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Mathematics (HMC)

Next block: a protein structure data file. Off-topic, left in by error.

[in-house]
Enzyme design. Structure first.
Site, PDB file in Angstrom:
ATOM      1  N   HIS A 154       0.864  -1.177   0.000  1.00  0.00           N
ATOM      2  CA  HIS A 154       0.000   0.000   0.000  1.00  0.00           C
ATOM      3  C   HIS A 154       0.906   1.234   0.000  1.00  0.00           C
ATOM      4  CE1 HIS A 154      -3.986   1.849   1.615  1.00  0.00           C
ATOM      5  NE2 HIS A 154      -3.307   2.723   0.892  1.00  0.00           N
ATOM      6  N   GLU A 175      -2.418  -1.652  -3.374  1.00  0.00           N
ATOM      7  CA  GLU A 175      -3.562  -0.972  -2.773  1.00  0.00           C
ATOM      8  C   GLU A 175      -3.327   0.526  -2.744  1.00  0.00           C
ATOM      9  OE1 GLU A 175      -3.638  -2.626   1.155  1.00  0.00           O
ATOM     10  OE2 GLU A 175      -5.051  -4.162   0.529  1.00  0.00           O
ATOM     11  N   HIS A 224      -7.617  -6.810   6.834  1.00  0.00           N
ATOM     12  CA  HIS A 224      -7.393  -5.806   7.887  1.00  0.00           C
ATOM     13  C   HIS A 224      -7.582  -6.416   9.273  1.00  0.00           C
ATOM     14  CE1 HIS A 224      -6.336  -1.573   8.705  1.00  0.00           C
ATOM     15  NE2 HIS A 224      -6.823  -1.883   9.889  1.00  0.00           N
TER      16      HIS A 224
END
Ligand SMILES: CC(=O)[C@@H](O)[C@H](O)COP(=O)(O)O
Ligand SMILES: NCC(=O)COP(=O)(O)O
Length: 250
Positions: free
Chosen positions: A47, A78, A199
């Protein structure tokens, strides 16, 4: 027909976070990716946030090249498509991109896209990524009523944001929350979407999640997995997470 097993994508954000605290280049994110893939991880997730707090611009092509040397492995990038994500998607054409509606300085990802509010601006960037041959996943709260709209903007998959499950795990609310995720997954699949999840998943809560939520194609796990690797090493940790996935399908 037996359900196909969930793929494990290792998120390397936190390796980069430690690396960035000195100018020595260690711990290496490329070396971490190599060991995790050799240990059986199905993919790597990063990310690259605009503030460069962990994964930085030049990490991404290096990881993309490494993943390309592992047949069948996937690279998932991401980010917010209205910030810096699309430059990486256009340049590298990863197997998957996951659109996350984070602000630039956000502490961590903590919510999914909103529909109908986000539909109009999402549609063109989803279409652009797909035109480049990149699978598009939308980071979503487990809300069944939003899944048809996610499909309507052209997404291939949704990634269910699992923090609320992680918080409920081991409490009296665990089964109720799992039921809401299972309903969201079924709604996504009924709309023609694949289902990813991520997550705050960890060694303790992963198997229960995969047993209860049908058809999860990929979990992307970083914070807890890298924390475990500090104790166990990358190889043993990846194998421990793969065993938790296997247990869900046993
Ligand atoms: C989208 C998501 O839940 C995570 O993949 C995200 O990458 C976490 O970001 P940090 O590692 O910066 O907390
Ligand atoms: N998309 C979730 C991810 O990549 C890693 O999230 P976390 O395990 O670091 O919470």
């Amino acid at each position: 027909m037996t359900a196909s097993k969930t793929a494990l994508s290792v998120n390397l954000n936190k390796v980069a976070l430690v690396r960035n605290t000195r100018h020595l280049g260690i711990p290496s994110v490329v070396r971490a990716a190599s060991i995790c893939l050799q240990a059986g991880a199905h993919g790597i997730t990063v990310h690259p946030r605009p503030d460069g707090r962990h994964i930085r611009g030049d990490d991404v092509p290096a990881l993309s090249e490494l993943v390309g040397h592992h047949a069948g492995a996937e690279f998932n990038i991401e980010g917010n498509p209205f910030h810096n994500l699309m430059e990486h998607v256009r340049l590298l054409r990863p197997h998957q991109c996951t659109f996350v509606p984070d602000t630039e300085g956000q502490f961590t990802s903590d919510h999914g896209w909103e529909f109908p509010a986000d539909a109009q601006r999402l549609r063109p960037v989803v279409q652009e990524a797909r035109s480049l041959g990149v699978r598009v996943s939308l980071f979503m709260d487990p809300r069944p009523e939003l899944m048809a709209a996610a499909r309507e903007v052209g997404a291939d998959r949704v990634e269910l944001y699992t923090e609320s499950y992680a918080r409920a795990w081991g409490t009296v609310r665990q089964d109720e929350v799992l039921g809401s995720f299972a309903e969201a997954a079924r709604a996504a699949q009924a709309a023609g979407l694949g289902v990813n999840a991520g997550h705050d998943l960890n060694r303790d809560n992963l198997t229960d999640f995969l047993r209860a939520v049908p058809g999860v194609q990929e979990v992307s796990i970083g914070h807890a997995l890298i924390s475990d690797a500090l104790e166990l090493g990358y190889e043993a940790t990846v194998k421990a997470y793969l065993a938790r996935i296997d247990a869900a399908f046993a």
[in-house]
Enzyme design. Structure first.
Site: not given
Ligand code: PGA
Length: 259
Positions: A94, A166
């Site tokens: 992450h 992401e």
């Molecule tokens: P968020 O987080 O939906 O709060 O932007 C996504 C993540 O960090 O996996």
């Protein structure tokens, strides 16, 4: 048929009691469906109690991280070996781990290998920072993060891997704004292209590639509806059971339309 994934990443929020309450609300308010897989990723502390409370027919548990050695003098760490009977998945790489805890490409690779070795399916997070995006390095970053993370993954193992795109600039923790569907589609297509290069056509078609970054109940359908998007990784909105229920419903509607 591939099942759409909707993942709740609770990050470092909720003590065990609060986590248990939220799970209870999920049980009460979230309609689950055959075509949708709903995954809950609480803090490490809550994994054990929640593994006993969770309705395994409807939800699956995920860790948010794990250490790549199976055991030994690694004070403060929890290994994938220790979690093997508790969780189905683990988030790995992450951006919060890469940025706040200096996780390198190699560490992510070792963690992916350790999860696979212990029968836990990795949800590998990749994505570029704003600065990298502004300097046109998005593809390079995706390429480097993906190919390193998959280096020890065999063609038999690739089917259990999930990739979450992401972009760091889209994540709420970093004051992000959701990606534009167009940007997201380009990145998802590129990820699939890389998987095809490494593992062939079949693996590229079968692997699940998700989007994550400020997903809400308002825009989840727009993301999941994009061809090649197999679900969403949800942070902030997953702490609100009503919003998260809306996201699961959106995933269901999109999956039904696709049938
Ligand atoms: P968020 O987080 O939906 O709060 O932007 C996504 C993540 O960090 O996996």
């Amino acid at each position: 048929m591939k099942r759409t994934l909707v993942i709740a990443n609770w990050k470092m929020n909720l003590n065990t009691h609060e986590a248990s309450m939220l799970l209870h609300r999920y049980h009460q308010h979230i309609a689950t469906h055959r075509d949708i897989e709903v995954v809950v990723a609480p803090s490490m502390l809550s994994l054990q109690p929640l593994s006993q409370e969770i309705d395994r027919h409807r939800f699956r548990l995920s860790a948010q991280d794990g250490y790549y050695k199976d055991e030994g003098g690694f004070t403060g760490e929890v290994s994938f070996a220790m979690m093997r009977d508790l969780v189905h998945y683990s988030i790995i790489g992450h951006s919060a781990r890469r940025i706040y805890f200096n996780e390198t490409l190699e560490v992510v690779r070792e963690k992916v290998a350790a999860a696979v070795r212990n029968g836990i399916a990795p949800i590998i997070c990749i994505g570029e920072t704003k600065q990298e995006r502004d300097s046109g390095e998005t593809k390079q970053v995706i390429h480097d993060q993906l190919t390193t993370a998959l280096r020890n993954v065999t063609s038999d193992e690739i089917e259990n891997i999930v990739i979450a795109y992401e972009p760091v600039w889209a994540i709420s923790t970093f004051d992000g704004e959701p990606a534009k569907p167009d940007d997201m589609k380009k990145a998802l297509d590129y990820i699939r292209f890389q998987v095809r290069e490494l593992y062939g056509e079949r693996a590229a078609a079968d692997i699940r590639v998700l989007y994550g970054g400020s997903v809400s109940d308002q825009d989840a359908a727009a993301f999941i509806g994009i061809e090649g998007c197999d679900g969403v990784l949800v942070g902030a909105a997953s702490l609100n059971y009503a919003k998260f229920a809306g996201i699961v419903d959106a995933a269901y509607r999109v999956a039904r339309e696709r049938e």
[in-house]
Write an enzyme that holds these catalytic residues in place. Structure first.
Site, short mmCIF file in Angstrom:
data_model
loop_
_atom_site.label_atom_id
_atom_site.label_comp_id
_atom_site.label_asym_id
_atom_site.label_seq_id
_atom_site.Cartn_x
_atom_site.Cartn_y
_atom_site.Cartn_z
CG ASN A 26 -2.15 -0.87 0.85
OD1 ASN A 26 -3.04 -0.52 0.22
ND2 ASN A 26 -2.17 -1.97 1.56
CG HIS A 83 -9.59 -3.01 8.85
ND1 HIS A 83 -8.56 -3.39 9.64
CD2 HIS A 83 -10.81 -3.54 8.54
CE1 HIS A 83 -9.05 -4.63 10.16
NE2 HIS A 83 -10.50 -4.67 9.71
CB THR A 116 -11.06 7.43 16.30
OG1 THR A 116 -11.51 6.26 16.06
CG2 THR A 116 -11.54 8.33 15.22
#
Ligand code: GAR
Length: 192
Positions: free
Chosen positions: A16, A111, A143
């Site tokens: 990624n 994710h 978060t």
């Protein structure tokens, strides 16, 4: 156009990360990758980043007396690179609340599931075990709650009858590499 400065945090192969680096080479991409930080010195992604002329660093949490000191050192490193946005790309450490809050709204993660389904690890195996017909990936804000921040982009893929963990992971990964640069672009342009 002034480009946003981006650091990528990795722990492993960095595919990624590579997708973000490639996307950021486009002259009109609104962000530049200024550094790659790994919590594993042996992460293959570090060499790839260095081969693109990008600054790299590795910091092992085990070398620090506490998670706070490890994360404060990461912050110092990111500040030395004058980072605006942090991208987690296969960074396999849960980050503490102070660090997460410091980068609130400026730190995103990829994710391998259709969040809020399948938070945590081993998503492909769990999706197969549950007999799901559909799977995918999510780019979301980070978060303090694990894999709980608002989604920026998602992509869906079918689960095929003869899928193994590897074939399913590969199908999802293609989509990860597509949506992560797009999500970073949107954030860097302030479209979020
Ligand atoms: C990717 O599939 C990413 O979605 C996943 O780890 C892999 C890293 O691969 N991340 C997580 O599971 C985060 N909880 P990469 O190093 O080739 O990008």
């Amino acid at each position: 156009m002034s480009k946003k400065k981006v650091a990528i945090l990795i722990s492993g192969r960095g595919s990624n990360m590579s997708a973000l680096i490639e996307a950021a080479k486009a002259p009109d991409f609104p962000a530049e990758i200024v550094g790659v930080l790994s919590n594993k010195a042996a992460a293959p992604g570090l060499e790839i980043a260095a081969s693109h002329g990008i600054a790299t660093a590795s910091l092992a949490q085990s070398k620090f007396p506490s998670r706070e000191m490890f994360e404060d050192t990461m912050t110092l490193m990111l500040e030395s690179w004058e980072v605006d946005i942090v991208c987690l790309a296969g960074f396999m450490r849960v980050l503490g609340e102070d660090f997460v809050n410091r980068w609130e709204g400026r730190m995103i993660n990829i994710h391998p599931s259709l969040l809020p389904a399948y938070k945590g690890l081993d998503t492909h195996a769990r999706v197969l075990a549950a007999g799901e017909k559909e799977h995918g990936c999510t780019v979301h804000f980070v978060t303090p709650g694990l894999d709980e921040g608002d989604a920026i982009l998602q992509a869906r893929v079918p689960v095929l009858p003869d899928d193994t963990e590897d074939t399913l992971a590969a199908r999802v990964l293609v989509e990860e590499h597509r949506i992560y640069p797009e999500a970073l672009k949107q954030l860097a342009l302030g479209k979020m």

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A methodology for studying the linear stability of self-similar solutions is discussed. These fundamental ideas are illustrated on three prototype problems: a simple ODE with finite-time blow-up, a second-order semi-linear heat equation with infinite-time spreading solutions, and the fourth-order Sivashinsky equation with finite-time self-similar blow-up. These examples are used to show that self-similar dynamics can be studied using many of the ideas arising in the study of dynamical systems. In particular, the use of dimensional analysis to derive scaling invariant similarity variables is discussed, as well as the role of symmetries in the context of stability of self-similar dynamics. The spectrum of the linear stability problem determines the rate at which the solution will approach a self-similar profile. For blow-up solutions it is demonstrated that the symmetries give rise to positive eigenvalues associated with the symmetries, and it is shown how this stability analysis can identify a unique stable (and observable) attracting solution from a countable infinity of similarity solutions.

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